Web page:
Of course the courageous state could easily monitor the plumber's grocery purchases and flag up an investigation into why he and his family seem to survive on £49.27p's worth of groceries a year, but buying booze and cigarettes could sidestep that. Meanwhile said courageous state might launch an investigation into the buying habits of a self-declared teetotal, non-smoking patient at the local GPs. Smoking and drinking licences might make this a bit trickier too. Home brewing? They’ll be monitoring sugar purchases.

The sad fact is that the existing database state is capable of doing this already. As human productivity continues to rise, surplus labour is being soaked up by government into the legions of Panopticia.

Just one of the many reasons I detest my government and almost all its agents. Even those ‘government’ services I need, I use with caution. And almost all businesses have been co-opted as government spies. All employees of banks, solicitors, accountants. financial services, TV and high value retailers are required to spy on their customers to comply with government regulations.

The question is – what to do about it? The government has all the power and resources it needs to maintain its position. Short of building a parallel society, where the real society operates with the spare resources left after the government has squandered the bulk of societies’ output on itself, its friends, its enforcers and sundry hangers-on, there is little scope to do anything other than make the best of the situation, which is sustained at its current level by the availability of cheap energy. Imagine if you will, what life would – make that will – be like without cheap energy.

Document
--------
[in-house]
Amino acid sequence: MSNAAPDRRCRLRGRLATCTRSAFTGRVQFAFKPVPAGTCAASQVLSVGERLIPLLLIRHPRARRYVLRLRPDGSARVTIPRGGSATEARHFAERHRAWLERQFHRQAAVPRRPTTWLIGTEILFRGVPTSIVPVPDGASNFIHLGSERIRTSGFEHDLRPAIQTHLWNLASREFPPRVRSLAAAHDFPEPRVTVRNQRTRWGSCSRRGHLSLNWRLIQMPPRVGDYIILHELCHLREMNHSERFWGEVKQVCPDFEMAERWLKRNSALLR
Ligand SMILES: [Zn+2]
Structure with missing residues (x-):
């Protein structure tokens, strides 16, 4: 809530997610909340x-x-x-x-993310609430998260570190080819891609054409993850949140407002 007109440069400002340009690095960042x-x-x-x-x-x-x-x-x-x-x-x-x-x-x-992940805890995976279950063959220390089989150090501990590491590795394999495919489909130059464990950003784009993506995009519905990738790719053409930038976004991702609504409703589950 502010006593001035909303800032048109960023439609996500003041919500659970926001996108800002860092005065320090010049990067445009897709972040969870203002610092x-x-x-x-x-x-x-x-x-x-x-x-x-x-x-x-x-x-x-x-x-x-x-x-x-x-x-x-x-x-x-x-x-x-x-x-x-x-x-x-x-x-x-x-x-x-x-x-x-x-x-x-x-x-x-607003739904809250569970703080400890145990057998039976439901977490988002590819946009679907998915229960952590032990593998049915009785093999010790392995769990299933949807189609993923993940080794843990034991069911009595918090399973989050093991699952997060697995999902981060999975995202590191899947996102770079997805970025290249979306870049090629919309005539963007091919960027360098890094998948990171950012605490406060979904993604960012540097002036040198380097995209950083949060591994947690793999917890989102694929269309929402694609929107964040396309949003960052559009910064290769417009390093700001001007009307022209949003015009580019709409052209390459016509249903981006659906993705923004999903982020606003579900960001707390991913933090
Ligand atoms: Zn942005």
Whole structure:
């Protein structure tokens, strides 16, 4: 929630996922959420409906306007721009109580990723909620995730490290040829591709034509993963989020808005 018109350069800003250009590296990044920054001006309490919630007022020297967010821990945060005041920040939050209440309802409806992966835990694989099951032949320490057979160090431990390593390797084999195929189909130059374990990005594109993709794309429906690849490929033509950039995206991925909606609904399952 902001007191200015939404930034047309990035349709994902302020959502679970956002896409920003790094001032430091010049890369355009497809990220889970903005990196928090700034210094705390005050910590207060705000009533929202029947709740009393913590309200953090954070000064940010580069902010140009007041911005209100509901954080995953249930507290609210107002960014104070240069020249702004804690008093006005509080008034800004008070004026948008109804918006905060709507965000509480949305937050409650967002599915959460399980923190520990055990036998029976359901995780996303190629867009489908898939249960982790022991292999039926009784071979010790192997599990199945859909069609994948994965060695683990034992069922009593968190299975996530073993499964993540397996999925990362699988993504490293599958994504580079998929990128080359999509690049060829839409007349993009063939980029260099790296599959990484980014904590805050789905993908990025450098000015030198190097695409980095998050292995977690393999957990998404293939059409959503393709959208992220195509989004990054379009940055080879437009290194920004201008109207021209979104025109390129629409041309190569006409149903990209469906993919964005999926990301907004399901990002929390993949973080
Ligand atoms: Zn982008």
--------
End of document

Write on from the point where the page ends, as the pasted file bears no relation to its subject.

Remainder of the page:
Bayard said...

"If Libertas over at HPC ever gets a -ve rate mortgage, I'm going cash only. Not subsidising his Enfield miracle if I can help it."

Of course us little people won't be getting negative rate mortgages. Only the banks and the government will be paid to borrow, everyone else will still be paying.

DBC Reed said...

If the plan is to stop money hoarding in deposit accounts, this is much the same as making people pay LVT to stop them hoarding monetary value in land. Silvio Gessel made people pay for not spending money: they had to buy stamps and stick them on notes or else they would go out of circulation.This system worked in the Tyrol in the 30's; a small revival scheme in the area works now.
Of course if you can't hoard money in the bank the incentive is to stick more money into landed property and hoard it there where it will appreciate at inflationary rates higher than any interest rates.
The fact that the BoE is actively disincentivising saving on deposit shows they have given up pretending that savings are needed for loans.

Bayard said...

"Of course if you can't hoard money in the bank the incentive is to stick more money into landed property and hoard it there where it will appreciate at inflationary rates higher than any interest rates."

Yup, if the government is proposing to do anything and you ask "cui bono", the answer is nearly always, "landowners".

When I started reading about this, before I wrote the first "War on Cash" post, I did think that as money left cash it would tend to go into land, especially after I read that the USA had, at one point, forced everyone to sell their gold to the government.

Gotta keep that ol' land bubble inflated,'cos you know what happens if you don't....

Lola said...

And I have to 'hoard cash' in a bank account - it's part of the FCA's rules...(I have a retail FS business)..